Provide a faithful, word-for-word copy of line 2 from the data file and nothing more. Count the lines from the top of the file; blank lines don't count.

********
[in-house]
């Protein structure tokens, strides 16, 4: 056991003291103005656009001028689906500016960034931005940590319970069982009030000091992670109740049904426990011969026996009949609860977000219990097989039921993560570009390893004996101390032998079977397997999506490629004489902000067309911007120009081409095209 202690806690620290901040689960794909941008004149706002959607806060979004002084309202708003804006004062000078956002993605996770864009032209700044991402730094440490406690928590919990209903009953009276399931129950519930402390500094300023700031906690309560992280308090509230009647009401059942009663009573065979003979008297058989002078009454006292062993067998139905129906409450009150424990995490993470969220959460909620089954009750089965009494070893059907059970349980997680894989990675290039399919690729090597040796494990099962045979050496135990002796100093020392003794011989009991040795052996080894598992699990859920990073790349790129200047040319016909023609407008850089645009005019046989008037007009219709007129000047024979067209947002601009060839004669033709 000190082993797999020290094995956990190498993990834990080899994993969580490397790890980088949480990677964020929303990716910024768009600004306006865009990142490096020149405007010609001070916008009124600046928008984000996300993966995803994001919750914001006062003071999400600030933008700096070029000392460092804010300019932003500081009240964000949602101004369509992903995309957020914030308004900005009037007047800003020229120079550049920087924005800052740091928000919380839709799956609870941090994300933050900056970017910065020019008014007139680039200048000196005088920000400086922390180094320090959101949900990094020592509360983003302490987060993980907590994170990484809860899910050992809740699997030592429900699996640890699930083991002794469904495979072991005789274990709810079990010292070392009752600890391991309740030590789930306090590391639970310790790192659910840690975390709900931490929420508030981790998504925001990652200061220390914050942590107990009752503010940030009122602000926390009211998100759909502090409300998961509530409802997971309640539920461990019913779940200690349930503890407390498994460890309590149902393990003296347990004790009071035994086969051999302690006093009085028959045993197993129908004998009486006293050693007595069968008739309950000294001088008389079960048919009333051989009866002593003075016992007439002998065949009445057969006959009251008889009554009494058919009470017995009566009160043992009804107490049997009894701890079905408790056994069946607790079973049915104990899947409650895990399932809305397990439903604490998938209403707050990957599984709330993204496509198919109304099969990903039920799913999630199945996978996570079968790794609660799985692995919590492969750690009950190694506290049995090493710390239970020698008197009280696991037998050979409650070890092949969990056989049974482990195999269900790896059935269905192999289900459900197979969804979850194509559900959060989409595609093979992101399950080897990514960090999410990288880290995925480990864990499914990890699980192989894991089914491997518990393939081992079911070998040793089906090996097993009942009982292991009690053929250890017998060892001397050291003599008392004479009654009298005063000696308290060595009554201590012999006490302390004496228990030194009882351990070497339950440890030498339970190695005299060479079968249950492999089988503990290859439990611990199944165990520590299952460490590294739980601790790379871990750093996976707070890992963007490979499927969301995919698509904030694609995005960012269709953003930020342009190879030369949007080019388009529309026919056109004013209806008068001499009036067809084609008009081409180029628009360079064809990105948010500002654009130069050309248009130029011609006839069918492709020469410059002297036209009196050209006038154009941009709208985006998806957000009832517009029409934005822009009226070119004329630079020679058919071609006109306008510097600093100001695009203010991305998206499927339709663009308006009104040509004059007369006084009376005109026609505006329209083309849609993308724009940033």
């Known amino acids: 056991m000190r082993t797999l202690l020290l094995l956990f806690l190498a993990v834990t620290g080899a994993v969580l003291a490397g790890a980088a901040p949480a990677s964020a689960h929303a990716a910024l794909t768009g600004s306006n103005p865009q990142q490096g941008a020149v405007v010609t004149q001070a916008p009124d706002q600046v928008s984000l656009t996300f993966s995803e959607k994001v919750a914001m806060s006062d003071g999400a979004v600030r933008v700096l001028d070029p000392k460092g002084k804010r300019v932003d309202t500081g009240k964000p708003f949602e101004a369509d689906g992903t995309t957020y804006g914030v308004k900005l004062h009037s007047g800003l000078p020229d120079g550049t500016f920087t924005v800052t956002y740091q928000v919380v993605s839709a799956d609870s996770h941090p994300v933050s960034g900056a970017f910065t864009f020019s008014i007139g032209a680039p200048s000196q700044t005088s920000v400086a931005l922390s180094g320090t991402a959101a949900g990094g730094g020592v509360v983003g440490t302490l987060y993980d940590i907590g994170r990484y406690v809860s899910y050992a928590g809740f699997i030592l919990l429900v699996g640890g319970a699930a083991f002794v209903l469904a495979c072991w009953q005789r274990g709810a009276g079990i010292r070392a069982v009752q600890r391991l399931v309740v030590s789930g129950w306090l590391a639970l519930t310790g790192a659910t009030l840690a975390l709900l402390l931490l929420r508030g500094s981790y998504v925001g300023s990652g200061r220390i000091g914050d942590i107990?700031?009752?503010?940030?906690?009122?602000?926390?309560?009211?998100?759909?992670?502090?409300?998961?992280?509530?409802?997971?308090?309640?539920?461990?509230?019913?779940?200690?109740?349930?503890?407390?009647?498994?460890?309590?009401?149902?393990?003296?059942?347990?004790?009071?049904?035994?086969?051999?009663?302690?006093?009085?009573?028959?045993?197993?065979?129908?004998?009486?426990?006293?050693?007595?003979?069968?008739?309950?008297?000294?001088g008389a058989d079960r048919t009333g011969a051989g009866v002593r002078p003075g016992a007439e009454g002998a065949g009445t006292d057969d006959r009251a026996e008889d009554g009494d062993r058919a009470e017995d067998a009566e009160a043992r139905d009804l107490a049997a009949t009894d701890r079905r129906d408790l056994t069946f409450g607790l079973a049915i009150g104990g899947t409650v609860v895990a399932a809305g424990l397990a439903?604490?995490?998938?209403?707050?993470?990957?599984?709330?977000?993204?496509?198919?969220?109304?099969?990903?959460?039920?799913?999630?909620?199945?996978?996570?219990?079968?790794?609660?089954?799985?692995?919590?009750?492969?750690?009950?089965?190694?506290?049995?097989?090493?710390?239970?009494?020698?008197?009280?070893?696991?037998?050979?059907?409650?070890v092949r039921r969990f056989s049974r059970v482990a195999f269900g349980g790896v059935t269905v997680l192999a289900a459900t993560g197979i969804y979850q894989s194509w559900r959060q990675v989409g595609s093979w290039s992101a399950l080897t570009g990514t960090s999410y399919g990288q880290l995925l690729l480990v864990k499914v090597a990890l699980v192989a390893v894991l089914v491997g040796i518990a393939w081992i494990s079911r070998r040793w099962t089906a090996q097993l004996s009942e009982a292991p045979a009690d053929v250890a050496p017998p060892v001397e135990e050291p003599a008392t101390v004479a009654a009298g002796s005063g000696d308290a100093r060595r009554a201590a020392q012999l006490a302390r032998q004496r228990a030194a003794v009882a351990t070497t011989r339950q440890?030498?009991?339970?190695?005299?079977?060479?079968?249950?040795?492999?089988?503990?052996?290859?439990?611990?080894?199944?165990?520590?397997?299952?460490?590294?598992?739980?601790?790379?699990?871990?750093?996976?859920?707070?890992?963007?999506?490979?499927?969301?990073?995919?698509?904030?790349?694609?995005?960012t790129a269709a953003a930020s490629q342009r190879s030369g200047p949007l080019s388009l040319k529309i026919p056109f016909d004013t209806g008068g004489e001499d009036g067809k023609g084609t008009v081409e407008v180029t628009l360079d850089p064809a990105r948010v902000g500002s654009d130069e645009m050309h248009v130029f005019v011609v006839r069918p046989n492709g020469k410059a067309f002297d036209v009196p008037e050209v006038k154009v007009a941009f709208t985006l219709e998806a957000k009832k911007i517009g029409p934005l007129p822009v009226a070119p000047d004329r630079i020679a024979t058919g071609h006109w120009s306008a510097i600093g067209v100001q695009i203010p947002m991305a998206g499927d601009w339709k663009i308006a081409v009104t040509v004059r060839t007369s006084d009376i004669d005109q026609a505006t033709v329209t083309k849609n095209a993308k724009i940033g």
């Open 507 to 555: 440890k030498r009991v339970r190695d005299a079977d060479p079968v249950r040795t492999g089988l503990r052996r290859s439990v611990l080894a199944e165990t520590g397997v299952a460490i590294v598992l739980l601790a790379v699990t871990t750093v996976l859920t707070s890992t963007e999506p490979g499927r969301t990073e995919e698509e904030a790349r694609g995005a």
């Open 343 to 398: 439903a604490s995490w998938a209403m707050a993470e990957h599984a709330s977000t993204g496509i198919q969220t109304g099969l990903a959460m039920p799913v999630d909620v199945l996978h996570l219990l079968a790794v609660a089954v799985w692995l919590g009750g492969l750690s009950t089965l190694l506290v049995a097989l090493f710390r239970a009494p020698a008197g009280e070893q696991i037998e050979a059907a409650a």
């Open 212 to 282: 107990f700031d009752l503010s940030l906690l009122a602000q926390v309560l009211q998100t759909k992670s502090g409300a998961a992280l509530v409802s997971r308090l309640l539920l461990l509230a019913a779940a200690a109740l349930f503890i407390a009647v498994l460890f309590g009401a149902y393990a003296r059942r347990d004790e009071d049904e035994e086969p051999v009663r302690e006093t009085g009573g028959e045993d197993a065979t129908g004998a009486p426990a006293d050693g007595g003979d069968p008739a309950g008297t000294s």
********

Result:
């Protein structure tokens, strides 16, 4: 056991003291103005656009001028689906500016960034931005940590319970069982009030000091992670109740049904426990011969026996009949609860977000219990097989039921993560570009390893004996101390032998079977397997999506490629004489902000067309911007120009081409095209 202690806690620290901040689960794909941008004149706002959607806060979004002084309202708003804006004062000078956002993605996770864009032209700044991402730094440490406690928590919990209903009953009276399931129950519930402390500094300023700031906690309560992280308090509230009647009401059942009663009573065979003979008297058989002078009454006292062993067998139905129906409450009150424990995490993470969220959460909620089954009750089965009494070893059907059970349980997680894989990675290039399919690729090597040796494990099962045979050496135990002796100093020392003794011989009991040795052996080894598992699990859920990073790349790129200047040319016909023609407008850089645009005019046989008037007009219709007129000047024979067209947002601009060839004669033709 000190082993797999020290094995956990190498993990834990080899994993969580490397790890980088949480990677964020929303990716910024768009600004306006865009990142490096020149405007010609001070916008009124600046928008984000996300993966995803994001919750914001006062003071999400600030933008700096070029000392460092804010300019932003500081009240964000949602101004369509992903995309957020914030308004900005009037007047800003020229120079550049920087924005800052740091928000919380839709799956609870941090994300933050900056970017910065020019008014007139680039200048000196005088920000400086922390180094320090959101949900990094020592509360983003302490987060993980907590994170990484809860899910050992809740699997030592429900699996640890699930083991002794469904495979072991005789274990709810079990010292070392009752600890391991309740030590789930306090590391639970310790790192659910840690975390709900931490929420508030981790998504925001990652200061220390914050942590107990009752503010940030009122602000926390009211998100759909502090409300998961509530409802997971309640539920461990019913779940200690349930503890407390498994460890309590149902393990003296347990004790009071035994086969051999302690006093009085028959045993197993129908004998009486006293050693007595069968008739309950000294001088008389079960048919009333051989009866002593003075016992007439002998065949009445057969006959009251008889009554009494058919009470017995009566009160043992009804107490049997009894701890079905408790056994069946607790079973049915104990899947409650895990399932809305397990439903604490998938209403707050990957599984709330993204496509198919109304099969990903039920799913999630199945996978996570079968790794609660799985692995919590492969750690009950190694506290049995090493710390239970020698008197009280696991037998050979409650070890092949969990056989049974482990195999269900790896059935269905192999289900459900197979969804979850194509559900959060989409595609093979992101399950080897990514960090999410990288880290995925480990864990499914990890699980192989894991089914491997518990393939081992079911070998040793089906090996097993009942009982292991009690053929250890017998060892001397050291003599008392004479009654009298005063000696308290060595009554201590012999006490302390004496228990030194009882351990070497339950440890030498339970190695005299060479079968249950492999089988503990290859439990611990199944165990520590299952460490590294739980601790790379871990750093996976707070890992963007490979499927969301995919698509904030694609995005960012269709953003930020342009190879030369949007080019388009529309026919056109004013209806008068001499009036067809084609008009081409180029628009360079064809990105948010500002654009130069050309248009130029011609006839069918492709020469410059002297036209009196050209006038154009941009709208985006998806957000009832517009029409934005822009009226070119004329630079020679058919071609006109306008510097600093100001695009203010991305998206499927339709663009308006009104040509004059007369006084009376005109026609505006329209083309849609993308724009940033």